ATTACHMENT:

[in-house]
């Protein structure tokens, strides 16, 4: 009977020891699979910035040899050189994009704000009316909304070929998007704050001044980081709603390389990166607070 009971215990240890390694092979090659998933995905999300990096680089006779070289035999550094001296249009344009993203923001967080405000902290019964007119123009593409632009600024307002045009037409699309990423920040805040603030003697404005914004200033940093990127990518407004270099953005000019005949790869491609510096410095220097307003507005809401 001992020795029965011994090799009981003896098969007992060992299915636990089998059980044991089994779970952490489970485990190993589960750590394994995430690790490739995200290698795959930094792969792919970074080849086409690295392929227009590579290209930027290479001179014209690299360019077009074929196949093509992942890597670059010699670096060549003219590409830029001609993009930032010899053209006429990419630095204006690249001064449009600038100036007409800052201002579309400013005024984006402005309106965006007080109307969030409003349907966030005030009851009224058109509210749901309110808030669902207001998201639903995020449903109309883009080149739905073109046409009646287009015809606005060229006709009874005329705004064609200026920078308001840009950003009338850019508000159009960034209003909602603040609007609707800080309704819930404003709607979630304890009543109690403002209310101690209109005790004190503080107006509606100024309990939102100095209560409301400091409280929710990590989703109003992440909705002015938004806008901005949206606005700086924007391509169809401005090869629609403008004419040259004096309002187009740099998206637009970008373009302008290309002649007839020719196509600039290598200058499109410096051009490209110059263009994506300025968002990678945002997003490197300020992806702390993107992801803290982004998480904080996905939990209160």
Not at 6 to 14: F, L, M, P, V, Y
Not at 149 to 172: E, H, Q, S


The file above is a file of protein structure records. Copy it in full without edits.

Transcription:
[in-house]
């Protein structure tokens, strides 16, 4: 009977020891699979910035040899050189994009704000009316909304070929998007704050001044980081709603390389990166607070 009971215990240890390694092979090659998933995905999300990096680089006779070289035999550094001296249009344009993203923001967080405000902290019964007119123009593409632009600024307002045009037409699309990423920040805040603030003697404005914004200033940093990127990518407004270099953005000019005949790869491609510096410095220097307003507005809401 001992020795029965011994090799009981003896098969007992060992299915636990089998059980044991089994779970952490489970485990190993589960750590394994995430690790490739995200290698795959930094792969792919970074080849086409690295392929227009590579290209930027290479001179014209690299360019077009074929196949093509992942890597670059010699670096060549003219590409830029001609993009930032010899053209006429990419630095204006690249001064449009600038100036007409800052201002579309400013005024984006402005309106965006007080109307969030409003349907966030005030009851009224058109509210749901309110808030669902207001998201639903995020449903109309883009080149739905073109046409009646287009015809606005060229006709009874005329705004064609200026920078308001840009950003009338850019508000159009960034209003909602603040609007609707800080309704819930404003709607979630304890009543109690403002209310101690209109005790004190503080107006509606100024309990939102100095209560409301400091409280929710990590989703109003992440909705002015938004806008901005949206606005700086924007391509169809401005090869629609403008004419040259004096309002187009740099998206637009970008373009302008290309002649007839020719196509600039290598200058499109410096051009490209110059263009994506300025968002990678945002997003490197300020992806702390993107992801803290982004998480904080996905939990209160």
Not at 6 to 14: F, L, M, P, V, Y
Not at 149 to 172: E, H, Q, S